Well, the goats arrived on Saturday. The names alone suggested that the seller was a cowboy of the Brokeback Mountain variety, but he was a real sweetie about helping us settle them in and getting us going with the milking. We have no luck with the names we inherit with our critters, though – first, a big tough guard dog named Cherry, and now goats with names like Silhouette and Mysterious. Really? Goats? Yes, really. Goats.
Saffron, the milker, is quite a patient goat. I have milked a goat, before…twenty years ago, as a teenager, at a camp. Twice. For about two minutes each time. I did not recall it being all that difficult, but then again, it’s not like I milked that one from start to finish, either. Our first round of chores after the seller left took about three hours. Poor Saffron did not like our milking stand, for starters. It is high, so I can stand while I milk, and she found the ramp slippery. She would put one dainty little hoof on it, then change her mind when she put some weight on it. After half an hour of this, Hubby and I finally got frustrated, and helped her along, with me pulling from the front, and Hubby pushing from the back. Both making all sorts of threats and promises. It was quite a production.
Once we had her up on the stand, the real fun began. Milking took about half a lifetime, and in the nineteen hours I was yanking on that udder, I managed to get about six squirts worth of milk in the actual pail. I had milk up the wall, down the stand, all over Hubby and myself, on the tail of a barn cat who got a little too curious, and, at one point, up the nose of the poor goat, who was giving me one of those ‘aren’t you done yet?’ sorts of looks. In all, once we got the milk back in the house and filtered, we got about a quart, which we filtered and put in the fridge for putting in our coffee and over our cereal in the morning.
Or, rather, I put in my coffee and in my cereal in the morning. Hubby is still getting over the gag factor of having seen his breakfast squirting out of a couple of big, hairy nipples, on the business end of a big, hairy goat. I forget just how little exposure Hubby has had to livestock, and sometimes have…unrealistic expectations…of him. On the second day, I sent him to go get the milker while I readied the feed and cleaned the milking stand.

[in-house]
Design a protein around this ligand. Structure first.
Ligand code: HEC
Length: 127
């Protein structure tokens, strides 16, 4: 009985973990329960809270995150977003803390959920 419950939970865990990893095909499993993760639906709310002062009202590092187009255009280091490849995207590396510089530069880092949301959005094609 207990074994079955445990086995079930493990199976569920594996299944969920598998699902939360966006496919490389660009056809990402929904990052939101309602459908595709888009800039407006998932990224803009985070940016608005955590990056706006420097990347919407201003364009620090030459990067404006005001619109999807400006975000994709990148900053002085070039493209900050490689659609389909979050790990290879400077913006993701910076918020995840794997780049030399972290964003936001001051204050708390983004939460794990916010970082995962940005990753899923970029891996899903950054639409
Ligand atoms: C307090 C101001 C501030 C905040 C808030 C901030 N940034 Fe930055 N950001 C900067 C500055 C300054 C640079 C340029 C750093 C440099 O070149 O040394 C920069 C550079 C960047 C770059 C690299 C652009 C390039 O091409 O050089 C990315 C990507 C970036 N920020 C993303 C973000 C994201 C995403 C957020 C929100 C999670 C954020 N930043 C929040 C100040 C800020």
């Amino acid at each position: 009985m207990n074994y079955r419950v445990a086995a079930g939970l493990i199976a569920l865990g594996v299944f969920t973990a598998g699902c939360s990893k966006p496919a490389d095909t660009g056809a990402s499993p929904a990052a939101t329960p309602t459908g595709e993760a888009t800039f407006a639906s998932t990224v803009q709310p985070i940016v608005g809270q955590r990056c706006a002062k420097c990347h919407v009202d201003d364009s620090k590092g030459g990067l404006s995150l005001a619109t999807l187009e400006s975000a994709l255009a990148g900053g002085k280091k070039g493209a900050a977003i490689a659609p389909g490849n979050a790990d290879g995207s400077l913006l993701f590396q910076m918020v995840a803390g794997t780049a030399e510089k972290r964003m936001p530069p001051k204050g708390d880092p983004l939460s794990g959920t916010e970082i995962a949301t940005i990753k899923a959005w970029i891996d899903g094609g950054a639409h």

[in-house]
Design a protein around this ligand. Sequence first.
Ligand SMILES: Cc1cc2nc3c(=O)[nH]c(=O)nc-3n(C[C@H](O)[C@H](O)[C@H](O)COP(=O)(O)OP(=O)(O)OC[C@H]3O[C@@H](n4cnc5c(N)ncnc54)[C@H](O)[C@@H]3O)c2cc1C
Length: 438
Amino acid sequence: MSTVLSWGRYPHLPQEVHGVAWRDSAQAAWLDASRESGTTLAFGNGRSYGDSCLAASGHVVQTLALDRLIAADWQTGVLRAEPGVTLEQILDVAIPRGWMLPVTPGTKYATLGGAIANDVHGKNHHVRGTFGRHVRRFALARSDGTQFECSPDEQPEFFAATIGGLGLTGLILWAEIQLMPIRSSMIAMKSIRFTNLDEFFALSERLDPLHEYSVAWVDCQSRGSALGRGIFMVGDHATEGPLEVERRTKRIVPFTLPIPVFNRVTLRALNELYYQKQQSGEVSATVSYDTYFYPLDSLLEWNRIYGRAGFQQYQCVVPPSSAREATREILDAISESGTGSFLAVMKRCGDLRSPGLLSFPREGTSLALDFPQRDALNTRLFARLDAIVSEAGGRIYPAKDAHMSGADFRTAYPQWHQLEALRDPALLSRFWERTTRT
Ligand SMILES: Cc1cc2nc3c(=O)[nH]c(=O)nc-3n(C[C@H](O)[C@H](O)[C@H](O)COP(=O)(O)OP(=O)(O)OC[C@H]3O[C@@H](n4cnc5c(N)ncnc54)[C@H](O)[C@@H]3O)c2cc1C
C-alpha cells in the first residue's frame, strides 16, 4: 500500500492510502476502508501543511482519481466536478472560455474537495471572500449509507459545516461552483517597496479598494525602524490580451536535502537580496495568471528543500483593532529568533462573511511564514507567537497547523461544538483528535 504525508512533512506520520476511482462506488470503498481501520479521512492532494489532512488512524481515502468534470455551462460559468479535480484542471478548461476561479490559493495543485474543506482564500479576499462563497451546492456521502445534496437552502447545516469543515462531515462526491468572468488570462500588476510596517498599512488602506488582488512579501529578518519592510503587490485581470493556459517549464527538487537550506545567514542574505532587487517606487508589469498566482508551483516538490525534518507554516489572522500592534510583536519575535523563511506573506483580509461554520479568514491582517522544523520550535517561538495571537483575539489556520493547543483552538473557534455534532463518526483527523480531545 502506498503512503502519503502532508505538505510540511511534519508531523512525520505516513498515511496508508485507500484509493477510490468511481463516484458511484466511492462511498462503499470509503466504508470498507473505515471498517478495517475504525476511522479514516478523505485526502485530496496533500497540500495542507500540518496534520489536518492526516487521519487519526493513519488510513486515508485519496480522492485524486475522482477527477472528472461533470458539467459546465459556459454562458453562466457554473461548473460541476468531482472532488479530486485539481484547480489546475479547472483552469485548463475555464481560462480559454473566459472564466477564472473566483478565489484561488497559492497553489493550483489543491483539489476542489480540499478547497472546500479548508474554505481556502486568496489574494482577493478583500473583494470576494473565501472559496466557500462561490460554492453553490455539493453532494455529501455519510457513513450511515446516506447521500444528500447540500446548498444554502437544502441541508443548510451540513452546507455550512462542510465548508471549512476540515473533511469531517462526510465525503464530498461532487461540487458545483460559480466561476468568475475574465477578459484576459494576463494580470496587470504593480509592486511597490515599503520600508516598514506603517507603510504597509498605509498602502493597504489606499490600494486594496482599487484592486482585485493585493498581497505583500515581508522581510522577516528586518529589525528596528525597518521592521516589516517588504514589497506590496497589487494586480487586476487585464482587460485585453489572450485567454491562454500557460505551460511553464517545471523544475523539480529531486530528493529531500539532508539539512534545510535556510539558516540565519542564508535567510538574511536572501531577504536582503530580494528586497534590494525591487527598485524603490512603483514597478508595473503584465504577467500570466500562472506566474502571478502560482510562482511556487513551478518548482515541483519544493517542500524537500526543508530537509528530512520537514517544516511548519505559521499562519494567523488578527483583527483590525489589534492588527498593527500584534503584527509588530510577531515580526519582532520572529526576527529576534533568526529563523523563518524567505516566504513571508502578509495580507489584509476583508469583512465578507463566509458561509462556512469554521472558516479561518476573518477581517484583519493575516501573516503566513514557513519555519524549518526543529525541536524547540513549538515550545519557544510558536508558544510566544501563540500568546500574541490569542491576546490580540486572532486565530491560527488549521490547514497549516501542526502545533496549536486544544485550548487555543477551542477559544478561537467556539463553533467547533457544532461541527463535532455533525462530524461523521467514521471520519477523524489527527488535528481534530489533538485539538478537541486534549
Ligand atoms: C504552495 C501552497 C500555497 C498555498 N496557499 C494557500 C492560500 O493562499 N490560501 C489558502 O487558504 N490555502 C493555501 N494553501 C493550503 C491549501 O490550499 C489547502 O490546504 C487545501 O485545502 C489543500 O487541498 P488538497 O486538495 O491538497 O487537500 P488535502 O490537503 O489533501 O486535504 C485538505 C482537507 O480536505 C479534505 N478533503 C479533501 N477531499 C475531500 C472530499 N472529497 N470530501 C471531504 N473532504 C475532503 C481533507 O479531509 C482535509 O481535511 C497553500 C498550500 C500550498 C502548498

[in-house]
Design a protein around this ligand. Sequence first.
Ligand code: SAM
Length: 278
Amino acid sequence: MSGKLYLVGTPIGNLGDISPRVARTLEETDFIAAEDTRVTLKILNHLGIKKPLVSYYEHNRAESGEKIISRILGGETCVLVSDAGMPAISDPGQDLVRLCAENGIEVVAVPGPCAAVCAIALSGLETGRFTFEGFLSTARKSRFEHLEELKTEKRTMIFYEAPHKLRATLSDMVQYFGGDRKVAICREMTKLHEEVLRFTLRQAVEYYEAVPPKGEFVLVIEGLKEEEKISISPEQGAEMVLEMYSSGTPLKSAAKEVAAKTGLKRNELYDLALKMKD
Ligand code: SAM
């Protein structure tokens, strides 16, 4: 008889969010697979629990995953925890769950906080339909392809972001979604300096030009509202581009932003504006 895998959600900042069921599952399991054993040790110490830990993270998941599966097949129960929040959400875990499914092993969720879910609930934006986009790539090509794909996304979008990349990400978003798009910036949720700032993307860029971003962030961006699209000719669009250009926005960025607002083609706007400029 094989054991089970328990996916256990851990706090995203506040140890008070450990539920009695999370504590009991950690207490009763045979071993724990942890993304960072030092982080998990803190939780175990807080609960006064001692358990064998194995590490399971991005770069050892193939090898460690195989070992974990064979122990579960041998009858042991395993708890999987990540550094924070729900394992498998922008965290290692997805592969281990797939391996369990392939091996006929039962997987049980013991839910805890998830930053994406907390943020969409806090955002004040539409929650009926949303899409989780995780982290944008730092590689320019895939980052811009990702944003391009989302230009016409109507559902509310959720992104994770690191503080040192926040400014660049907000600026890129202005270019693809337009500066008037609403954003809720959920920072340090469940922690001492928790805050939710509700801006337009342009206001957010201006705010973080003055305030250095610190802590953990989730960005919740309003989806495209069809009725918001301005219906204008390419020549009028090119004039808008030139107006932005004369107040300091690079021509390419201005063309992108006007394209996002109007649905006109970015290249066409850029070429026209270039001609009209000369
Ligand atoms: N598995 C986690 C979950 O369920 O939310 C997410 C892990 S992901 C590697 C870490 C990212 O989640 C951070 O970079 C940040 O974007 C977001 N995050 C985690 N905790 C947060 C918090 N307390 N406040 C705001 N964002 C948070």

“Which one’s the milker?” he hollered from the big girls’ stall at the back of the barn.
“The one with the biggest udder,” I replied.
“Neither of them have udders” he called back.
What? I thought we only got one boy!
I went back to the stall, confused. There was Hubby, feeling around on the goats’ chests. Right where he would expect the nipples to be, I suppose.
“Um, honey, the udder is at the other end…”
It was like living in a Monty Python movie for a while, there.
We’re up to about a quart and a half of milk per milking, now, mostly because I am getting better at hitting the bucket. Hubby now knows where to find a goat udder. We’ve fixed up the ramp so that the goat will go up and down it with minimal fuss, and I can milk her out in about ten minutes, now. Chores now take just a bit over an hour…thank goodness, since I still have to go to work in the morning, and this business of going to bed at 11 after three hours in the barn, only to get up at 4:30 to do it all over again was really getting to me. I’ve been udderly exhausted…